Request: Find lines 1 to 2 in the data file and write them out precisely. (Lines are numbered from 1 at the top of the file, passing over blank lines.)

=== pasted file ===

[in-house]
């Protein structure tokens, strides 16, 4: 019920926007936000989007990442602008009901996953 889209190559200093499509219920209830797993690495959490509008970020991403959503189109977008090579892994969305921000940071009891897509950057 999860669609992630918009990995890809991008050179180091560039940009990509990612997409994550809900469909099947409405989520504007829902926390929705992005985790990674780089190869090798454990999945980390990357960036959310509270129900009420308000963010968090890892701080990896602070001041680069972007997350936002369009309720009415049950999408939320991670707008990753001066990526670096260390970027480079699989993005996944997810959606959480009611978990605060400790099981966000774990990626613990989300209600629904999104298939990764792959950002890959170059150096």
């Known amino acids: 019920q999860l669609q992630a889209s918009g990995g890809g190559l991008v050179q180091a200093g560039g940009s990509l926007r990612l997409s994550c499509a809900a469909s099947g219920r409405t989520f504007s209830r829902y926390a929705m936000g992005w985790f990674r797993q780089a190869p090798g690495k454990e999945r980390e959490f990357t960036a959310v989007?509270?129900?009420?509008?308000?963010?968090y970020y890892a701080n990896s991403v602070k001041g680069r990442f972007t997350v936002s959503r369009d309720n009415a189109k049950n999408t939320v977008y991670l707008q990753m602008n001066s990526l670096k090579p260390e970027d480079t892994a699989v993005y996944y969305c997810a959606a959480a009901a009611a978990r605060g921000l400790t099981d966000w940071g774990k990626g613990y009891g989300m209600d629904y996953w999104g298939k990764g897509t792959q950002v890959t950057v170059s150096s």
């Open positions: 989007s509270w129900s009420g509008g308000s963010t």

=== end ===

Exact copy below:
[in-house]
């Protein structure tokens, strides 16, 4: 019920926007936000989007990442602008009901996953 889209190559200093499509219920209830797993690495959490509008970020991403959503189109977008090579892994969305921000940071009891897509950057 999860669609992630918009990995890809991008050179180091560039940009990509990612997409994550809900469909099947409405989520504007829902926390929705992005985790990674780089190869090798454990999945980390990357960036959310509270129900009420308000963010968090890892701080990896602070001041680069972007997350936002369009309720009415049950999408939320991670707008990753001066990526670096260390970027480079699989993005996944997810959606959480009611978990605060400790099981966000774990990626613990989300209600629904999104298939990764792959950002890959170059150096």